Caveat Emptor

by Mark R. Vogel

            Recently I was browsing at a local supermarket pondering what to concoct for dinner.  During my reconnaissance of the seafood department I spied a cache of blue point oysters in the ice.  I adore oysters and this was an unusual find for this particular store.  They were of good size with clean, intact—and most importantly—tightly closed shells.  This was a no-brainer.  Oysters on the half shell would be my first course. 

             I asked the shady-looking clerk for a dozen, pointing specifically to the ones in the display case.  He seemed momentarily flummoxed, wandered somewhat aimlessly behind his prep table, and then told me he had to go in “the back” to get the oysters.  Why was he not simply retrieving the ones from the display case?  And here’s an even better question:  Why didn’t I intervene and inform him that I wanted the ones in the display case?  Hold on—my IQ dropped even further.  Finally the clerk emerges with an opaque bag of oysters.  My entire brain is screaming: check the oysters.  But one lazy, little brain cell triumphed and I proceeded to complete my shopping without giving the dubious bag a second glance. 

             Of course, when I arrived home and opened the bag half of the ousters were dead and malodorous.  They were partially open and would not close.  Never eat clams or oysters that are dead before cooking as there is a greater chance of bacterial infection.  Angrier at myself than the store, I returned, showed them to the manager and promptly received my money back. 

             Caveat Emptor is a Latin phrase that translates as let the buyer beware.  In essence, unless you are given a guarantee of quality from the purveyor, it is the buyer’s responsibility to ensure that the goods are in order.  In simple language, you can’t trust anyone.  Be it malevolence, sloth, or incompetence, things get screwed up. 

             In high-quality restaurants, the food is scrutinized before being delivered to the guest.       As consumers, we need to do the same in our supermarkets.  At the very least you should always inspect the highly perishable products, namely meat, seafood and produce.  Let’s review all three.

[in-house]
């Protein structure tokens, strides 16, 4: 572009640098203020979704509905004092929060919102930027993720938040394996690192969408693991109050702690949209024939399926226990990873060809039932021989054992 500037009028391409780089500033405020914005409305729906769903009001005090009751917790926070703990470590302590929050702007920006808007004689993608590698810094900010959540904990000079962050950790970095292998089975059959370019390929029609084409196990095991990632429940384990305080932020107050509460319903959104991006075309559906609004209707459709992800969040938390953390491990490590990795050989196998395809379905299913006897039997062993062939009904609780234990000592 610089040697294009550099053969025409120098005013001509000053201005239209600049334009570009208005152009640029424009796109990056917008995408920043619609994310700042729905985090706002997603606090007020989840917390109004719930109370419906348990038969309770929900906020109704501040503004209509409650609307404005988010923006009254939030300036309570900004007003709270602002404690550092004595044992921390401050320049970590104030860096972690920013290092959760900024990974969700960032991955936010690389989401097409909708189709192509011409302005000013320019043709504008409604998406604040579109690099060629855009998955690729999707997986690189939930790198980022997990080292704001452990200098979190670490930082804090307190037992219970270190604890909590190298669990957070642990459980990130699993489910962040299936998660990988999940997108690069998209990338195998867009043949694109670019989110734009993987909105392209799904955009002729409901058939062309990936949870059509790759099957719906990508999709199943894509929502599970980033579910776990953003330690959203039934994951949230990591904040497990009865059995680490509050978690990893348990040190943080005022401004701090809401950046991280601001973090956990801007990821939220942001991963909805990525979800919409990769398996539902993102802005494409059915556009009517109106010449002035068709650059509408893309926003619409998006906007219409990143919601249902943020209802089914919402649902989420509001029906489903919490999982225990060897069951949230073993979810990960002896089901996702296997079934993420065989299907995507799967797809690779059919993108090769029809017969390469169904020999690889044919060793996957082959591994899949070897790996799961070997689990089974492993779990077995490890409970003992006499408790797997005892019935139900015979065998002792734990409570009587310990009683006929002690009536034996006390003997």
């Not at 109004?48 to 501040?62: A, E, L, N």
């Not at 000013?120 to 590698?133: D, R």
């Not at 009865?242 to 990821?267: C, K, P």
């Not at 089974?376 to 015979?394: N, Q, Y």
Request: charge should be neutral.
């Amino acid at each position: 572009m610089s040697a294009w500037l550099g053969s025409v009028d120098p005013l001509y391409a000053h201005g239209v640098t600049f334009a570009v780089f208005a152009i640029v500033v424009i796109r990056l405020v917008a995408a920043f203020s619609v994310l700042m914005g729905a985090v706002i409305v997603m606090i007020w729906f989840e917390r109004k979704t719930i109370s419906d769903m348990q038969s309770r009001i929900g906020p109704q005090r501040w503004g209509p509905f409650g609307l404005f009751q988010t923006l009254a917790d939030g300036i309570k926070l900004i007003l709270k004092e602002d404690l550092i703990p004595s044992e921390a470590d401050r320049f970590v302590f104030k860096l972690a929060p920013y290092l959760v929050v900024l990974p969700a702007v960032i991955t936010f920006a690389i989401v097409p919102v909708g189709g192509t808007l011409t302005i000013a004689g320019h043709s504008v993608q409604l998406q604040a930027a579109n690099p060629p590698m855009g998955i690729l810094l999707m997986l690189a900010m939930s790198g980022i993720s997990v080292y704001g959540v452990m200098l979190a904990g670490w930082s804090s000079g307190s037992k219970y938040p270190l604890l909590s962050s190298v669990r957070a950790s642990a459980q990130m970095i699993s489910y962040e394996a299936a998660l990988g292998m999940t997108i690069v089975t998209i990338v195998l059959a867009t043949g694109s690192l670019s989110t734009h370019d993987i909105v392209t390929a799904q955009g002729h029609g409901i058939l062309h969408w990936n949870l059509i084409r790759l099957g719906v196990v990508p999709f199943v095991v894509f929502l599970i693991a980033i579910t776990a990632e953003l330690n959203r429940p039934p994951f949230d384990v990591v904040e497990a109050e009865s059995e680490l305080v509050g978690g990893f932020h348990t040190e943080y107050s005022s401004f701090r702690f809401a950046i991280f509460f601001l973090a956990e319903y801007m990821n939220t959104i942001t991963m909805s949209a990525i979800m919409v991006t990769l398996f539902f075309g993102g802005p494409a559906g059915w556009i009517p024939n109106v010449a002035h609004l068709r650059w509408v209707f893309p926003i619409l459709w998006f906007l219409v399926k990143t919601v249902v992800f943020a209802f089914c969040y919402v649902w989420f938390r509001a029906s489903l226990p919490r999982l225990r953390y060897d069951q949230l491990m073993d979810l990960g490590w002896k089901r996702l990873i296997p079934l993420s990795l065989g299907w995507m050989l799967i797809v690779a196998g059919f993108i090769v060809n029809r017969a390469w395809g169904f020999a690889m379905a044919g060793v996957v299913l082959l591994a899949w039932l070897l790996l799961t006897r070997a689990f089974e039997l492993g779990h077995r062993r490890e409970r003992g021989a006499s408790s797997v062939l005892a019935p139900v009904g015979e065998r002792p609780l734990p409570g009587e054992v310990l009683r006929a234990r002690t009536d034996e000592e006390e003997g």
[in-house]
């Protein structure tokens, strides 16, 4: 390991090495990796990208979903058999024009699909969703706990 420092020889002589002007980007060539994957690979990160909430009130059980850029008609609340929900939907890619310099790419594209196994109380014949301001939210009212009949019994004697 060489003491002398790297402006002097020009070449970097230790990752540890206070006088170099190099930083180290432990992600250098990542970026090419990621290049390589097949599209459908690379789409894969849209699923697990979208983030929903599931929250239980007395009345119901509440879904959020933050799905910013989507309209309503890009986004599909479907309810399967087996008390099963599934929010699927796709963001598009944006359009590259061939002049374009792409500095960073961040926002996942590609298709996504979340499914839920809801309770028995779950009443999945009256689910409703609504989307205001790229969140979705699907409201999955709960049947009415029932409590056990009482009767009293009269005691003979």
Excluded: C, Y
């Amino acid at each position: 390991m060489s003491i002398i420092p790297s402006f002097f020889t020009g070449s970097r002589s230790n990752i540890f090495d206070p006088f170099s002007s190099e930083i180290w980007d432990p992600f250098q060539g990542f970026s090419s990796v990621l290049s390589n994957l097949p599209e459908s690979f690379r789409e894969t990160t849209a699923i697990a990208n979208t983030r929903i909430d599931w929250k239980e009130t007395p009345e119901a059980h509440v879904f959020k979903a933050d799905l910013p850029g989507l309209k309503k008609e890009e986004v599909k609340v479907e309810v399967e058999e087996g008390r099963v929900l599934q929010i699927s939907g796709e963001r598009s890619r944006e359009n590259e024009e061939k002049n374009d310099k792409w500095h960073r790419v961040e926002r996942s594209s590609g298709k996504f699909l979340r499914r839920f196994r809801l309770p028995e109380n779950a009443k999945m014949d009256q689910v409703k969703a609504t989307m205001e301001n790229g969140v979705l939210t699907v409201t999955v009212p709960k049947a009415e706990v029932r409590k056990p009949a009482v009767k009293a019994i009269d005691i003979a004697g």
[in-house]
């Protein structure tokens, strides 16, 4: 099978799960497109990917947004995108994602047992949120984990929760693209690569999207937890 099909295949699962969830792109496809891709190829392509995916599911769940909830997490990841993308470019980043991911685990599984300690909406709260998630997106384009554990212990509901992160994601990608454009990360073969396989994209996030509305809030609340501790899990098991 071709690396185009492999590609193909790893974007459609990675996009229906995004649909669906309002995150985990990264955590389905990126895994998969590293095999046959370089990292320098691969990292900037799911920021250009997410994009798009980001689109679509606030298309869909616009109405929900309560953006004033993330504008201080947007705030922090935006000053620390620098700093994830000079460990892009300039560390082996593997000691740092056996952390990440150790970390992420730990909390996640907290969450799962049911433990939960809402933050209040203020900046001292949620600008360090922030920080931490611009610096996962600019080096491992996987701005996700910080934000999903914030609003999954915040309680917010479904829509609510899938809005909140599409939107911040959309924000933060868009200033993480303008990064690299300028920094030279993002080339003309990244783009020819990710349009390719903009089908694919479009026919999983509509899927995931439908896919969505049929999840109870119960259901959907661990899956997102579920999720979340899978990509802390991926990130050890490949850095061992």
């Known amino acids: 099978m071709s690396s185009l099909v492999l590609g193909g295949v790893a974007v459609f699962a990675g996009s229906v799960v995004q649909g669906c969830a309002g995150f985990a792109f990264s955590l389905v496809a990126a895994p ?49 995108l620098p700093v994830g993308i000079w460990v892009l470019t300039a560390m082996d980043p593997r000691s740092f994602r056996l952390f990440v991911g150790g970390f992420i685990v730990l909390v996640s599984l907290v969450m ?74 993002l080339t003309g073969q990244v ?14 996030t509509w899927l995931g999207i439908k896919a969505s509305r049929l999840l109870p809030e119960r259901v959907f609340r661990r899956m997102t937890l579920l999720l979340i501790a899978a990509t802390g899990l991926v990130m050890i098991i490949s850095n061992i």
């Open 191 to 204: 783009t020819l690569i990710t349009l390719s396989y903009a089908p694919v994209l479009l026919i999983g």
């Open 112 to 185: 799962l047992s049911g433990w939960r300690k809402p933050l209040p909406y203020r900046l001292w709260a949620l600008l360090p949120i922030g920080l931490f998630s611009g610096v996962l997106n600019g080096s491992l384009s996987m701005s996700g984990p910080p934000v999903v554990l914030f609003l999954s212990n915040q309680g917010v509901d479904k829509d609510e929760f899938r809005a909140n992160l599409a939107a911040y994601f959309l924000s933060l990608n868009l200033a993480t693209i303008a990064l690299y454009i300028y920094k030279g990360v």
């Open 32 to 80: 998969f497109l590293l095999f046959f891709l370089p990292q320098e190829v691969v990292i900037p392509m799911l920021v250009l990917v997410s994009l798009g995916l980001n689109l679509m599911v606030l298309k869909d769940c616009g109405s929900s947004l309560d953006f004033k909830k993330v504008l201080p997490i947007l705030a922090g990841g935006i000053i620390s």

Produce is the easiest to examine since it is out in the open, unfettered from cases or clerks for your analysis.  Each vegetable has its own freshness criteria but basically you are looking for firm, brightly colored specimens with no signs of wilting, damage, or discoloration.  If the selection of a particular item is unsatisfactory, I strongly recommend you ask an employee if they have a fresher supply.  You never know when a new box of parsley is hanging out with the dead oysters in “the back.”  Stores endeavor to unload as much of the older product as possible before restocking and often have fresher items on deck. 

             However, this strategy also depends on the willingness of the employee to retrieve it for you.  A simple “no we don’t have any more” and Joe Lazy doesn’t have to expend any additional energy.  You’ll come to learn through practice which stores’ employees are more customer oriented. 

            Meat and usually seafood can be more troublesome to assess, as they may be inside a display case, which the law prevents you from breaching.  You’re forced to ask the clerk to fetch it and present it to you, or open the package and scrutinize it yourself, as my oysters.  Whichever you choose, do it.  Most employees are diligent but some are not.  Some just want to throw the stuff in a bag and get on to the next customer.  Some may be ignorant and don’t know that open oysters that won’t close are dead (reluctantly giving you-know-who the benefit of the doubt).  And some may actually want to dump inferior product on you.  So always check.

             Meat products should be free of discoloration, naturally moist yet still firm, odorless, and free of inordinate fat or sinew.  Never hesitate to ask the butcher to trim any excess, exterior fat.  Beef should have some visible marbling, i.e., intramuscular fat, a sign of quality and a better tasting cut. 

             Prepackaged meat is problematic.  To thoroughly inspect it you must unwrap it.  Everyone knows that the oldest trick in the book is packaging meat with the good side facing out.  Sometimes the bad side is really bad.  Remember, it’s your money and you have a right to make an informed choice as a consumer. 

             I cannot overemphasize the importance of scrutinizing seafood.  Seafood is exceedingly perishable and generally harbors less margin of error than beef or produce.  First scan the seafood department.  It should look and smell clean, not fishy.  Examine the case. Is everything packed in ice appropriately?  Whole fish should be packed in ice, (including ice within the body cavity), not just resting on top of it.  And don’t be afraid to ask the clerk when it arrived, and if it’s fresh or previously frozen.

             As stated, clams, oysters and mussels should have in tact shells, be closed, or close when tapped.  Whole fish should not smell fishy; the eyes should be clear, the gills bright red, the skin moist, and the flesh firm.  If it has been gutted check the belly to ensure it is free of browning.  If the entails were not removed promptly, enzymes in the stomach can begin to disintegrate the flesh.  Shrimp and fish fillets, like cuts of meat, should be free of discoloration, naturally moist yet still firm, and odorless.  Quite simply, if anything looks or smells icky, caveat emptor!

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